Friday, March 14, 2008

Easier to Break Than to Make

So today, while poking around some of the other blogs, I couldn’t help but think, “These blogs are so much funnier than mine. Not that I’m always trying to be funny, but I’m aware that if I want a readership, my writing should be at least somewhat entertaining. All these other blog authors have to do is find random things and make relentless fun of them. There’s one blog I read, by a clever writer named Copyranter, which is entirely devoted to putting down Capri pants. I love it; it’s simple, but it’s effective.

Why is it so much easier to insult things than to praise them? I myself find it easier to write a more entertaining film review on a film I think is garbage, because I can point out how stupid the filmmakers are and what they did wrong, and then I top it off with some nice metaphors along with a joke title for the film. When a truly exceptional film comes along, I’m left with little to say other than “I’d watch it more than once.” Today I said “this film has heart.” What the fuck does that even mean? Lots of films have heart.

But I think in the end it is harder to praise than to insult, for the same reason it is easier to break something than to build it. Sand castles take time, but can be kicked down with ease. It takes a fraction of a second to sever a finger, and eight hours of intensive surgery to get it back on, along with months of healing, and even then it’s never quite right. It takes nine months from conception to birth, but death is one breath. One heartbeat.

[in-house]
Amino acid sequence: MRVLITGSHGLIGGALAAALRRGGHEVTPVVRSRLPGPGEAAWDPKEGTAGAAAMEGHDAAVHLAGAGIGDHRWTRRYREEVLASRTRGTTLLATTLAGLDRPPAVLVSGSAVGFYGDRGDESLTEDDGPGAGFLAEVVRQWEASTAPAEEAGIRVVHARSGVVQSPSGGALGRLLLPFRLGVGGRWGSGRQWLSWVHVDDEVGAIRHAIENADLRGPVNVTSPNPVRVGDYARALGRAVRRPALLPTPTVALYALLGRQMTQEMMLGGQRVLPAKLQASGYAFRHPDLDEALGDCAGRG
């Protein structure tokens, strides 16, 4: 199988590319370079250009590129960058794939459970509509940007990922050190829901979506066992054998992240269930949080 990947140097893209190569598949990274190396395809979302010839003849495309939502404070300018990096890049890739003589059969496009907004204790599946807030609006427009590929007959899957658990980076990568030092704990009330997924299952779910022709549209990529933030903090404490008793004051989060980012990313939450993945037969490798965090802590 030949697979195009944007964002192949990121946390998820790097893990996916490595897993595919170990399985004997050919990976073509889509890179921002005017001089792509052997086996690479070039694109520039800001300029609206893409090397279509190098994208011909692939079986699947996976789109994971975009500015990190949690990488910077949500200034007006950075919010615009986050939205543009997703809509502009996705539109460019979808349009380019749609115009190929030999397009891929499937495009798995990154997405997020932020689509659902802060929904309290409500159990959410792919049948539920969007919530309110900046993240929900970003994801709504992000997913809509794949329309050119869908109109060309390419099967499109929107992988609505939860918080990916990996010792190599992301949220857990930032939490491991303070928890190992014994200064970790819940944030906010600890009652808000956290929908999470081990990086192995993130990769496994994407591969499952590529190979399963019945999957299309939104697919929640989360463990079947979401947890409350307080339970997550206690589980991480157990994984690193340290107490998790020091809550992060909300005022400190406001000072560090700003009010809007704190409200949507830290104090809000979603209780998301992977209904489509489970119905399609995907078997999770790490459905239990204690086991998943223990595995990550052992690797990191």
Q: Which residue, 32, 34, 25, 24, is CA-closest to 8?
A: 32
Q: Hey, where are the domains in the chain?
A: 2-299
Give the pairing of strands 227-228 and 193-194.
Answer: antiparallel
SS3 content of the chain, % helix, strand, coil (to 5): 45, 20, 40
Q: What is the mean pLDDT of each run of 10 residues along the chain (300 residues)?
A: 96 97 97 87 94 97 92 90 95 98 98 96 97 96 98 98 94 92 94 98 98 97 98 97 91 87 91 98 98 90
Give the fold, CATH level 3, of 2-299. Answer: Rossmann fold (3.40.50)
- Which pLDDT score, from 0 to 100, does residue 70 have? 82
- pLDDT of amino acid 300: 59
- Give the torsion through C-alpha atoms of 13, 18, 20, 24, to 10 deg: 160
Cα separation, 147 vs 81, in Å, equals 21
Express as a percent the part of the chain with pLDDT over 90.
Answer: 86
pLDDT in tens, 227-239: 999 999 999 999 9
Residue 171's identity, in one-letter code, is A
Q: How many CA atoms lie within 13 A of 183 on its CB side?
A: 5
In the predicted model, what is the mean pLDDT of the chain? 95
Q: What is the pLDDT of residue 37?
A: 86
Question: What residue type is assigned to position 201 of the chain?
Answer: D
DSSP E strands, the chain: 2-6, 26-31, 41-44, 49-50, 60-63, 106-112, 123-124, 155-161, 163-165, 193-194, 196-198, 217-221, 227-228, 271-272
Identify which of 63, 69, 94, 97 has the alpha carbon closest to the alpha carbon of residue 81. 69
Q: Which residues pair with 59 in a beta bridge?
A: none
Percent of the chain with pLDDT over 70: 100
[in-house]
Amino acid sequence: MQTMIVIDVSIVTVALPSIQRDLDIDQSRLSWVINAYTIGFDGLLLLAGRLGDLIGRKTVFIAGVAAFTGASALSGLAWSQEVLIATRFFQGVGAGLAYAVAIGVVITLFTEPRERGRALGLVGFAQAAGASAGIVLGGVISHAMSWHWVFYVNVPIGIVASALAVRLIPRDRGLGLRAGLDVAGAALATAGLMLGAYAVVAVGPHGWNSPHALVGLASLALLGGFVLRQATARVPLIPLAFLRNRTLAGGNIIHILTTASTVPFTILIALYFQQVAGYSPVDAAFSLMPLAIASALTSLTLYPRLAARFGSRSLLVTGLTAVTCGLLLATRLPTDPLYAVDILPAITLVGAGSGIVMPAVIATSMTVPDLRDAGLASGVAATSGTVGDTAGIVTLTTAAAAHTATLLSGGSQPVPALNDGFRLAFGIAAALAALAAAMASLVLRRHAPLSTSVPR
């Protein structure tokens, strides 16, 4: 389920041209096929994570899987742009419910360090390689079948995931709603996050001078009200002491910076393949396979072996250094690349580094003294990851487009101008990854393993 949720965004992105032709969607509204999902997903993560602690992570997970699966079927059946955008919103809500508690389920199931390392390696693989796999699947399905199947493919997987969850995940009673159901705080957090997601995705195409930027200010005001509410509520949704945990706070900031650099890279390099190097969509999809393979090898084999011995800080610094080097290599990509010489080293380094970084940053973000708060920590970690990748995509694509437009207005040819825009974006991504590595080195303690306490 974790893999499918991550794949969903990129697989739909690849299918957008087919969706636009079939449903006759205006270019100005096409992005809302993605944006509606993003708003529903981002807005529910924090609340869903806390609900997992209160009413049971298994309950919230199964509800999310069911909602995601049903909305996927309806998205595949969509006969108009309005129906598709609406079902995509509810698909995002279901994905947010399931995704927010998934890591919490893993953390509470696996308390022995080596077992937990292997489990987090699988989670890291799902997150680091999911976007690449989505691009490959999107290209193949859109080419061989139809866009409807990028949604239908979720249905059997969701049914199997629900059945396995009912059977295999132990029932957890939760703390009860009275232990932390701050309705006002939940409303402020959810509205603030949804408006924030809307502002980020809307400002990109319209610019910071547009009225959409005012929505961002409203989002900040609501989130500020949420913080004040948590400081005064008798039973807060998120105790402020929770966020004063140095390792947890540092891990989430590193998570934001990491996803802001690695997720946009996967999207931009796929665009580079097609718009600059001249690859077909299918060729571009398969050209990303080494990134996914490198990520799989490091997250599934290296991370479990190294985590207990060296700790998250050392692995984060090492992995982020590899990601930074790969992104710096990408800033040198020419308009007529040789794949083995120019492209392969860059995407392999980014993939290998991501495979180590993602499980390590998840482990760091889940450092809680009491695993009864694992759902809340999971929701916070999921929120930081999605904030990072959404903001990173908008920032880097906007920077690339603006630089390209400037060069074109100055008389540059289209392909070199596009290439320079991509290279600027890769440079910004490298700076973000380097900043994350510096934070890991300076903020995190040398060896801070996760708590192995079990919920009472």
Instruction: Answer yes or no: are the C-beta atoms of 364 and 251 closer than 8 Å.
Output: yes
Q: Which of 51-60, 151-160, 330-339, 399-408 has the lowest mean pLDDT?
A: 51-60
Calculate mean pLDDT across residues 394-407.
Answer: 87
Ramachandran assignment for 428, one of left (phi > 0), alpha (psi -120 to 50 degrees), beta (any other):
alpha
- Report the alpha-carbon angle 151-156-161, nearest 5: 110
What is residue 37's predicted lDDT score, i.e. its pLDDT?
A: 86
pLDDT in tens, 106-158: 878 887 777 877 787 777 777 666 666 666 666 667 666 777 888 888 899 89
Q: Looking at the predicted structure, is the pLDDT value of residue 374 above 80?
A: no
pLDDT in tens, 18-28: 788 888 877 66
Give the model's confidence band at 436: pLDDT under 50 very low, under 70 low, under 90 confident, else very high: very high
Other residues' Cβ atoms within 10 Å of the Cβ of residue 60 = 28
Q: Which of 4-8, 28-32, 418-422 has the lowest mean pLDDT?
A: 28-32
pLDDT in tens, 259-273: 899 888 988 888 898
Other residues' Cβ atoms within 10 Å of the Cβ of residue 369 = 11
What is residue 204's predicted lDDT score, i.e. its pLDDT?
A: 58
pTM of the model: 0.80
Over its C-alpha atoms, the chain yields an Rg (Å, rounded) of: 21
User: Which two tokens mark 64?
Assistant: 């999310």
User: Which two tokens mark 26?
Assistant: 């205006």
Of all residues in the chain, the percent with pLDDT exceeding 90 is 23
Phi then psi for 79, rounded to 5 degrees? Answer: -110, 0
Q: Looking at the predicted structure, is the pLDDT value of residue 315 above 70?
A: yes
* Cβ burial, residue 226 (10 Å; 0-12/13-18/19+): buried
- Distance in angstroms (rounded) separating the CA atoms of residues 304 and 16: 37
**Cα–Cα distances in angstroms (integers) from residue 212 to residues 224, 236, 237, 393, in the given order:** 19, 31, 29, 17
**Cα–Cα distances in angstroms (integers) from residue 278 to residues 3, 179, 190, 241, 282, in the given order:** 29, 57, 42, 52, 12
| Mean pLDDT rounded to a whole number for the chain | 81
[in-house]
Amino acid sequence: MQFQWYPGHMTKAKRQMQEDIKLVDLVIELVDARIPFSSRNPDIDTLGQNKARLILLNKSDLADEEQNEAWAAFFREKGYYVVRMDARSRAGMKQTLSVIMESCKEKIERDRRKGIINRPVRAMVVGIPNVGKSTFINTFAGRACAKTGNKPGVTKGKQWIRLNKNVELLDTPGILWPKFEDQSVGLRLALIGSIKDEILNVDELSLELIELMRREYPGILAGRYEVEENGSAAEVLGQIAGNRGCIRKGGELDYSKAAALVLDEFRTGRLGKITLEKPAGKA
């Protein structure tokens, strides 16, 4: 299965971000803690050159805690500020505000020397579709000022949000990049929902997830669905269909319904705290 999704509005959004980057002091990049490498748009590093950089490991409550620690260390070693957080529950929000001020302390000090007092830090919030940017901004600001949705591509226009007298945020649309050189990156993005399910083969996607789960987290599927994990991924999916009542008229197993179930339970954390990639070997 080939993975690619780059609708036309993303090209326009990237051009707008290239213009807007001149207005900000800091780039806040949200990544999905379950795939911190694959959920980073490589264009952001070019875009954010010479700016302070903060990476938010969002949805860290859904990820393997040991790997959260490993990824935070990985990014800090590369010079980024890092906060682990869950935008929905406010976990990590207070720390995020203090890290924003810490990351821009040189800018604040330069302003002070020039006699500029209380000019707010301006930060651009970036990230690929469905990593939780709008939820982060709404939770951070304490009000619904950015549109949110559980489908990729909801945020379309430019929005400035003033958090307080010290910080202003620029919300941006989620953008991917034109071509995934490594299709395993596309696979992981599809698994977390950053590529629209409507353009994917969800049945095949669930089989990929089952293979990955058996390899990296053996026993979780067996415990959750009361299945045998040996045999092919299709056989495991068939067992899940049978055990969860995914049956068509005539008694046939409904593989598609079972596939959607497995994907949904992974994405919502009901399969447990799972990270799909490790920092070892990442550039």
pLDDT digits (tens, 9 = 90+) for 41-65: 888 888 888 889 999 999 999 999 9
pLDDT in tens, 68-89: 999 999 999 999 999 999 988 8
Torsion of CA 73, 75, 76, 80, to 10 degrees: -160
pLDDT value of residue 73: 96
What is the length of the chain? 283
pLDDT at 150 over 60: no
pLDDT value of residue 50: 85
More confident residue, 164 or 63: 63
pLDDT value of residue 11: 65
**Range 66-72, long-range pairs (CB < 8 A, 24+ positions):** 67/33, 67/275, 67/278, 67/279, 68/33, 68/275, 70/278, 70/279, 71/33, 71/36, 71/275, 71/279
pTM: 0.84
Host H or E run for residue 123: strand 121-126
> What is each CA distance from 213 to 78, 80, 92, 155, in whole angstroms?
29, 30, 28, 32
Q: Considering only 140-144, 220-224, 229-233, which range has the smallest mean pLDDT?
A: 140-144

I’m also troubled by the fact that by anecdote blog is often the blog I leave for last, because I can’t think of anything to write. It’s much easier to find starting point for the others. I’m not entirely sure why.

Maybe part of it is that the more people I’m aware are reading this, the less I feel like saying what I’m really thinking. Or maybe it’s this desire of mine to be interesting, so that I’m not just free when I write what I please. It is as if the reader is more important than the message. I suppose this is true to some extent anyway. No matter how clever a writer is, he can never amount to anything without his readers. A marginally funny guy that doesn’t have a lot of fresh ideas, but has a lot of charisma and is heard, is far more valuable.


Inkpot said...

This is a very interesting post. I to, when browsing through other blogs, often think how much more interesting they are than my own. I agree with you that it is easier to tear something down than to praise something worth while and many critics have made a good living on this ethos. It seems to be that the people who can cleverly ramble about nonsense or who give a witty twist to the mundance things in life or who have an unusual story to tell are the ones with the most successful blogs. Now my question is, even if you have all those things, how do people find your blogs to give you a book deal???

Malice Blackheart said...

How indeed. I'm convinced that's where the sex comes in. When you have wit and sex in your writing, you've got it covered.

Inkpot said...

Ah yes - sex. I think you've got it right there. You don't even need wit, sex sells. :)

Malice Blackheart said...

Indeed. Though often times your wit can get you sex.